Search Images Maps Play YouTube News Gmail Drive More »
Sign in
Screen reader users: click this link for accessible mode. Accessible mode has the same essential features but works better with your reader.

Patents

  1. Advanced Patent Search
Publication numberUS5889441 A
Publication typeGrant
Application numberUS 08/989,436
Publication dateMar 30, 1999
Filing dateDec 12, 1997
Priority dateDec 12, 1997
Fee statusLapsed
Also published asWO1999031795A1
Publication number08989436, 989436, US 5889441 A, US 5889441A, US-A-5889441, US5889441 A, US5889441A
InventorsBruce L. Inn
Original AssigneeScenix Semiconductor, Inc.
Export CitationBiBTeX, EndNote, RefMan
External Links: USPTO, USPTO Assignment, Espacenet
Temperature and voltage independent on-chip oscillator system and method
US 5889441 A
Abstract
A system and method for ensuring a substantially constant oscillator frequency that is substantially independent of the operating temperature and is substantially independent of variations of the supply voltage level where the oscillator is an on-chip oscillator without requiring significantly additional logic, e.g., not requiring the use of multiple comparators and enabling post packaging modifications of the oscillator frequency. The present invention utilizes one or more paired resistors as part of the RC oscillator where each of the one or more pairs are matched according to their temperature coefficient. That is, each pair includes a resistor with a positive temperature coefficient and a resistor with a corresponding negative temperature coefficient. In addition, the present invention enables post packaging modifications to the resistors based upon one or more program signals that can modify the resistance by forming a short circuit around one or more resistor pairs. The present invention also reduces the effect of voltage variations on the oscillator frequency by comparing a oscillatory signal with a reference signal that is a fixed percentage of the supply voltage. If the supply voltage signal drops, the capacitor of the RC oscillator charges at a slower rate but the oscillatory signal is compared to a reference signal having a lower value since the reference signal is a fixed percentage of the supply voltage.
Images(3)
Previous page
Next page
Claims(8)
What is claimed is:
1. An oscillator comprising:
a first set of resistors having a substantially constant impedance over a first range of temperatures; including
a first resistor having a first temperature coefficient such that the impedance of the first resistor increases as temperature increases; and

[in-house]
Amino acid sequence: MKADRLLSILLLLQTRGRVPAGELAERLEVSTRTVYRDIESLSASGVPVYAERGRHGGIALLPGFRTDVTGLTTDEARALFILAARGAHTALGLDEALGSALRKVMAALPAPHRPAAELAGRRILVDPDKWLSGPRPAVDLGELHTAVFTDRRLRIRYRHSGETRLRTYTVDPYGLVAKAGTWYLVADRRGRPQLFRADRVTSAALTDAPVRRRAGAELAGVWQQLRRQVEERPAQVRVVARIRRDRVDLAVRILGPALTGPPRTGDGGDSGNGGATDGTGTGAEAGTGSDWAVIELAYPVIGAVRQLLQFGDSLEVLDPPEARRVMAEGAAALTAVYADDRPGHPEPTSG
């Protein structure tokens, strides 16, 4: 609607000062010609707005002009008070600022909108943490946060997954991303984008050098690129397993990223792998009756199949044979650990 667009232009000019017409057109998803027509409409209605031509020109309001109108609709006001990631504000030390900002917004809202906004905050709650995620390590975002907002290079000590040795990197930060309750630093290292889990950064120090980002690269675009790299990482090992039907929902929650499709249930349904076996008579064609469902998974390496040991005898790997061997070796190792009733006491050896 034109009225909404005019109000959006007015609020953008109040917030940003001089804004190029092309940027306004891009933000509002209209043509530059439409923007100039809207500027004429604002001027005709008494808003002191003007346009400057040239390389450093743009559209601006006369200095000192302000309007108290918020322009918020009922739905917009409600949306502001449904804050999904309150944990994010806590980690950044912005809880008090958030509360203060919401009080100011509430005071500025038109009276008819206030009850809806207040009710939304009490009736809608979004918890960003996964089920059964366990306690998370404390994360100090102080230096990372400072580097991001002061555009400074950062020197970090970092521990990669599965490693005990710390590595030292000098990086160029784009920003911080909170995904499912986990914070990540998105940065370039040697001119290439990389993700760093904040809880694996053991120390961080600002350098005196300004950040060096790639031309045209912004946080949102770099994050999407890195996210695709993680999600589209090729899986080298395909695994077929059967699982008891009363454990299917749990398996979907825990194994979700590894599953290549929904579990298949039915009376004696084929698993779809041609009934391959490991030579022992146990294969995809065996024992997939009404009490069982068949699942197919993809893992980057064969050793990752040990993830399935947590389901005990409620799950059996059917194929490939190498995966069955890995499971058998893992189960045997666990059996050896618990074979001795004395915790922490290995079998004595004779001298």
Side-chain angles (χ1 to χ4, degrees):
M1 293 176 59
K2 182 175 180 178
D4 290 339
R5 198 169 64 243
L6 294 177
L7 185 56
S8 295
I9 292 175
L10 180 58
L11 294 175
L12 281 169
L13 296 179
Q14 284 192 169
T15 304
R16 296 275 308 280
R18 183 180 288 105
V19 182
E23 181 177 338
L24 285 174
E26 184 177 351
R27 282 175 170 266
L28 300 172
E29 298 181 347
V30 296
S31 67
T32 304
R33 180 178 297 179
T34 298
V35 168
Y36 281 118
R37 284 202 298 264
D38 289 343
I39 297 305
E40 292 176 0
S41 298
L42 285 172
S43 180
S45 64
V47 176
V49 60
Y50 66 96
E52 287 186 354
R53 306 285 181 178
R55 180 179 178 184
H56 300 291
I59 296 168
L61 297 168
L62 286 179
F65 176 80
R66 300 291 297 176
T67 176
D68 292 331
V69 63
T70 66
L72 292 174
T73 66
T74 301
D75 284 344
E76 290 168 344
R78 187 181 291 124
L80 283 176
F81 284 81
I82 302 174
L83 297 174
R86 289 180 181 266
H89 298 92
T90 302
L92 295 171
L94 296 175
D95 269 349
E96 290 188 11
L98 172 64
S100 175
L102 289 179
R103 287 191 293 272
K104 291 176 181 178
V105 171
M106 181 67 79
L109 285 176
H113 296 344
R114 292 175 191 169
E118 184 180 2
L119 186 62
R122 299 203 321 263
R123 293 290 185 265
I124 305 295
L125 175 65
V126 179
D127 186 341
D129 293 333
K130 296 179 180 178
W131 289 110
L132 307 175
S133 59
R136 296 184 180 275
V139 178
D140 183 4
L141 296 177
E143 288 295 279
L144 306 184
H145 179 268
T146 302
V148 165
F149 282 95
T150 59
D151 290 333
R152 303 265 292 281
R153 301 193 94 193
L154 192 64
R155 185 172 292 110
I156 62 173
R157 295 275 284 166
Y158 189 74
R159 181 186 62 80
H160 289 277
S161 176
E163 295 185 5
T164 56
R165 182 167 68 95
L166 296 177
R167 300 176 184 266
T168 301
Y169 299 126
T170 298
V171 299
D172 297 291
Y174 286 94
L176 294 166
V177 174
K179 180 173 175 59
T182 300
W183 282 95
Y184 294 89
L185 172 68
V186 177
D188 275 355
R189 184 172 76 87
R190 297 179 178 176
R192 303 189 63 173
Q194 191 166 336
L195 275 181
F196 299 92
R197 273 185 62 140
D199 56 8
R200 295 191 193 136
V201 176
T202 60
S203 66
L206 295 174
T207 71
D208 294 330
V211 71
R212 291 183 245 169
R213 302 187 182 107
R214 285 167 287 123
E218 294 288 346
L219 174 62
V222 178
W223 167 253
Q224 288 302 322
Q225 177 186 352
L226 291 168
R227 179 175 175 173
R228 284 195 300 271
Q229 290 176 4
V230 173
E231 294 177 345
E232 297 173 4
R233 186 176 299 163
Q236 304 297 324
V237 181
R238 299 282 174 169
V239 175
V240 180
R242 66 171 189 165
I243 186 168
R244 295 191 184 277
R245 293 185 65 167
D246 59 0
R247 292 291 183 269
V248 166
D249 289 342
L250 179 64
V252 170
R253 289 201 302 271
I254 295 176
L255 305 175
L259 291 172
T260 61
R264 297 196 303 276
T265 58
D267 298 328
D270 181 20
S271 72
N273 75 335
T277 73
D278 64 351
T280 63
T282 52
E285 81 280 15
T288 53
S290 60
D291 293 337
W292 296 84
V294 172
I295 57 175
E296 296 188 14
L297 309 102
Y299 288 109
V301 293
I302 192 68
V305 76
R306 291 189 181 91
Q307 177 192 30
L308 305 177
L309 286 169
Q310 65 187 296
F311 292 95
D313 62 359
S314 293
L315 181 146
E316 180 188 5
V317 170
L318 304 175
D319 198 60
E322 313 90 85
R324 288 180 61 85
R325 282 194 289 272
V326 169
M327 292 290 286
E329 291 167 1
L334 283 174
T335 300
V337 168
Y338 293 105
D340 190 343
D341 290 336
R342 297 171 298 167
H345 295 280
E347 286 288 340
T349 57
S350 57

a second resistor, coupled in series with said first resistor, having a second temperature coefficient such that the impedance of said second resistor decreases as temperature increases;
wherein a first impedance change in said first resistor is substantially offset by a second impedance change in said second resistor;
a capacitor disposed to receive signals from said first set of resistors for charging at a rate that is dependent upon the impedance of said first set of resistors for generating a first periodic signal; and
a pulse generation system, disposed to receive signals from said capacitor, for generating a second periodic signal having a frequency that is substantially independent of temperature variations.
2. The oscillator of claim 1, wherein said pulse generation means receives a supply voltage and includes:
a comparator, disposed to receive signals from said capacitor, for comparing said first periodic signal with a predetermined percentage of the supply voltage and for generating a comparator output signal having a frequency that is substantially independent to variations in the supply voltage.
3. The oscillator of claim 2, wherein said pulse generation means further includes:
a memory device, disposed to receive signals from said comparator, for storing a signal representing said comparator output signal; and
a pulse generation module, disposed to receive signals from said memory device, for generating said second period signal.
4. The oscillator of claim 3, further comprising:
a first switch, disposed to receive signals from said capacitor, for creating a low impedance path between said capacitor and a low potential node in response to said comparator, causing said capacitor to discharge after said first periodic signal voltage exceeds said predetermined percentage of said supply voltage.
5. The oscillator of claim 4 wherein said oscillator is embedded in one of a microcontroller and a microprocessor.
6. The oscillator of claim 1, further comprising: